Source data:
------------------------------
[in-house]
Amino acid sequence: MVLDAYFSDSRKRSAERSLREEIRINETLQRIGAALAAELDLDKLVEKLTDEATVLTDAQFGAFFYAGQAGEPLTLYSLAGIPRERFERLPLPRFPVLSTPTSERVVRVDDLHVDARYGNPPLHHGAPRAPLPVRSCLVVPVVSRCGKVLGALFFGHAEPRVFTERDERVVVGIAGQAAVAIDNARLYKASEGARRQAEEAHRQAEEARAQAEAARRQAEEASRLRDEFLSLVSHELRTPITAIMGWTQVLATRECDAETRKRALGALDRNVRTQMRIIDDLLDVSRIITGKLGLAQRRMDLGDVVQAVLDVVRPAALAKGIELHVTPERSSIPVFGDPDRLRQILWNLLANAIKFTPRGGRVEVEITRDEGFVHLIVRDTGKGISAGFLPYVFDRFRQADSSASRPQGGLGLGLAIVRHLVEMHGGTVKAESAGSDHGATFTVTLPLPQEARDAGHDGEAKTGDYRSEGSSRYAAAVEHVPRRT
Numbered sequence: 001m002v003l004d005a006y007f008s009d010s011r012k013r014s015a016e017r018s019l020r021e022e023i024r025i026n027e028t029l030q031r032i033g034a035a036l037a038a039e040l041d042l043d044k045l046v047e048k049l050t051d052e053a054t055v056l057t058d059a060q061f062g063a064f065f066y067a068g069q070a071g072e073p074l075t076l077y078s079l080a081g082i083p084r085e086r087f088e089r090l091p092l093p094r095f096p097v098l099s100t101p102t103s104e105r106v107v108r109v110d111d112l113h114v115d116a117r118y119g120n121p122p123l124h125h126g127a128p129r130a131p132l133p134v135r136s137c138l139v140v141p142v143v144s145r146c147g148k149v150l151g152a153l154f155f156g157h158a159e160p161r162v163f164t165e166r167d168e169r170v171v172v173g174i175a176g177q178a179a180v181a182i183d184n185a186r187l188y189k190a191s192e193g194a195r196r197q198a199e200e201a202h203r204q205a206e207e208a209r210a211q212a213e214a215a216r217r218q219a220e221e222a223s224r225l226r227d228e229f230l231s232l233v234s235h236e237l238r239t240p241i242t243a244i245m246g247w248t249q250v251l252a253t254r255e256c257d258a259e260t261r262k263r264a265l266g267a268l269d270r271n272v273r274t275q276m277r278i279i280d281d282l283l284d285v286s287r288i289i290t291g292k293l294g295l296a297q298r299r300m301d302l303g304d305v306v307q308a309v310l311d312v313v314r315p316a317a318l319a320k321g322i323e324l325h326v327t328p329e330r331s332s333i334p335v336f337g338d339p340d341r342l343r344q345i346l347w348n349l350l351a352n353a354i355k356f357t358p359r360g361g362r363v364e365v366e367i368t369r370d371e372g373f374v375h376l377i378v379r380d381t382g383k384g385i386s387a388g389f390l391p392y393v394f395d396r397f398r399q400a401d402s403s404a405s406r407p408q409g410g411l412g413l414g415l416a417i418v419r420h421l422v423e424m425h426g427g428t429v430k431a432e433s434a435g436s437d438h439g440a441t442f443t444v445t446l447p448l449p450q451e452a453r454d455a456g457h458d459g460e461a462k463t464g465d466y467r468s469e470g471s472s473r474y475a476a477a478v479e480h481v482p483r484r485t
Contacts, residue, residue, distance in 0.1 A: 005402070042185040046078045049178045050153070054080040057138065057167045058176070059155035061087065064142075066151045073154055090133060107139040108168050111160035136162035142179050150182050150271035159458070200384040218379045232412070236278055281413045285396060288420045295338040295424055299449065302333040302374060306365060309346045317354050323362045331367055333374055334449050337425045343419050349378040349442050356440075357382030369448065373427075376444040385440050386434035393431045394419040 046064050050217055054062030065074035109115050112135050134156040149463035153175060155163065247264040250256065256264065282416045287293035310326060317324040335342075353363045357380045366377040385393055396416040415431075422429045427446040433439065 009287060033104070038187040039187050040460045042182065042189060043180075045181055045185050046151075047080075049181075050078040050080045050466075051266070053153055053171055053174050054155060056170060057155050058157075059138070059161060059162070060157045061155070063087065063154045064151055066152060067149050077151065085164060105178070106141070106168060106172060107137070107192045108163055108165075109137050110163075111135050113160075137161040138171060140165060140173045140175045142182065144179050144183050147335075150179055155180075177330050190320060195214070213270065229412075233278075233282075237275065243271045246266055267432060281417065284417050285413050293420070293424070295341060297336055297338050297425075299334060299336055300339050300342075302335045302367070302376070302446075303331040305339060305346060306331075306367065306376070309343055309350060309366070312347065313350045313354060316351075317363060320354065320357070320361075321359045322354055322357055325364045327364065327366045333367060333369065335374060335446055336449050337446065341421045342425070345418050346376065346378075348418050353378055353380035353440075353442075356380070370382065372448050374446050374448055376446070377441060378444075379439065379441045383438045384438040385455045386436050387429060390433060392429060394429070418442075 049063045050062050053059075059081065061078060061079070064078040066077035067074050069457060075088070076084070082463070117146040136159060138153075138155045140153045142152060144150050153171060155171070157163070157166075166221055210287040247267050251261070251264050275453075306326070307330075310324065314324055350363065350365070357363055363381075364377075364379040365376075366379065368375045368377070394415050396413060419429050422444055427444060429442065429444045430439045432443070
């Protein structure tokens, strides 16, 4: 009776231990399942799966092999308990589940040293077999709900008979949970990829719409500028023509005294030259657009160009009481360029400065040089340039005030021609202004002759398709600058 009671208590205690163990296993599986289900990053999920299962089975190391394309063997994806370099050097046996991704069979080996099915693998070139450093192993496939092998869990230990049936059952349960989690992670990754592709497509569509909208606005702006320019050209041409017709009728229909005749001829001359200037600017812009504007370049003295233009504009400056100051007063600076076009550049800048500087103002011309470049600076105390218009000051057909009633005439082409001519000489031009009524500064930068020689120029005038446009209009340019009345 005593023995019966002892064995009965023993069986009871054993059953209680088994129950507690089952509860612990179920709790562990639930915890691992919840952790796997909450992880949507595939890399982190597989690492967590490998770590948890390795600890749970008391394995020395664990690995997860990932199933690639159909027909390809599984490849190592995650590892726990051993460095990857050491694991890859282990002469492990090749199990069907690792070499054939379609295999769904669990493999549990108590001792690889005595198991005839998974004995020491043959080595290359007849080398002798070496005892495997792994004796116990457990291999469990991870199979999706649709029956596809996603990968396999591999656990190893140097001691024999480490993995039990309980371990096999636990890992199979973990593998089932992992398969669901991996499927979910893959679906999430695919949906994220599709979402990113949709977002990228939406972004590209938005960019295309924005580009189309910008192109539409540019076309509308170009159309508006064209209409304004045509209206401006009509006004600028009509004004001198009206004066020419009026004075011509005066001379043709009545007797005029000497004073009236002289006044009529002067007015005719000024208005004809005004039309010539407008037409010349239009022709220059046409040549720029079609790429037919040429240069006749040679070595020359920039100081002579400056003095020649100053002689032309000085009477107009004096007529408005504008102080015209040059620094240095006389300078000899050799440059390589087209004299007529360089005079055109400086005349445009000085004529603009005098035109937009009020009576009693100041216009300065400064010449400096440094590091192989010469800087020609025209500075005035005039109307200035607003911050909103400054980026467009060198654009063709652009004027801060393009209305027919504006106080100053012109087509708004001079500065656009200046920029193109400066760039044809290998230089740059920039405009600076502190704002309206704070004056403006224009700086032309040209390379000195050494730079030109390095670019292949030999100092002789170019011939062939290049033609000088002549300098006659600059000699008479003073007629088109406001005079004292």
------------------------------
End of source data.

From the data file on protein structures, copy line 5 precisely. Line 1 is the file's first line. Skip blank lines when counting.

């Protein structure tokens, strides 16, 4: 009776231990399942799966092999308990589940040293077999709900008979949970990829719409500028023509005294030259657009160009009481360029400065040089340039005030021609202004002759398709600058 009671208590205690163990296993599986289900990053999920299962089975190391394309063997994806370099050097046996991704069979080996099915693998070139450093192993496939092998869990230990049936059952349960989690992670990754592709497509569509909208606005702006320019050209041409017709009728229909005749001829001359200037600017812009504007370049003295233009504009400056100051007063600076076009550049800048500087103002011309470049600076105390218009000051057909009633005439082409001519000489031009009524500064930068020689120029005038446009209009340019009345 005593023995019966002892064995009965023993069986009871054993059953209680088994129950507690089952509860612990179920709790562990639930915890691992919840952790796997909450992880949507595939890399982190597989690492967590490998770590948890390795600890749970008391394995020395664990690995997860990932199933690639159909027909390809599984490849190592995650590892726990051993460095990857050491694991890859282990002469492990090749199990069907690792070499054939379609295999769904669990493999549990108590001792690889005595198991005839998974004995020491043959080595290359007849080398002798070496005892495997792994004796116990457990291999469990991870199979999706649709029956596809996603990968396999591999656990190893140097001691024999480490993995039990309980371990096999636990890992199979973990593998089932992992398969669901991996499927979910893959679906999430695919949906994220599709979402990113949709977002990228939406972004590209938005960019295309924005580009189309910008192109539409540019076309509308170009159309508006064209209409304004045509209206401006009509006004600028009509004004001198009206004066020419009026004075011509005066001379043709009545007797005029000497004073009236002289006044009529002067007015005719000024208005004809005004039309010539407008037409010349239009022709220059046409040549720029079609790429037919040429240069006749040679070595020359920039100081002579400056003095020649100053002689032309000085009477107009004096007529408005504008102080015209040059620094240095006389300078000899050799440059390589087209004299007529360089005079055109400086005349445009000085004529603009005098035109937009009020009576009693100041216009300065400064010449400096440094590091192989010469800087020609025209500075005035005039109307200035607003911050909103400054980026467009060198654009063709652009004027801060393009209305027919504006106080100053012109087509708004001079500065656009200046920029193109400066760039044809290998230089740059920039405009600076502190704002309206704070004056403006224009700086032309040209390379000195050494730079030109390095670019292949030999100092002789170019011939062939290049033609000088002549300098006659600059000699008479003073007629088109406001005079004292």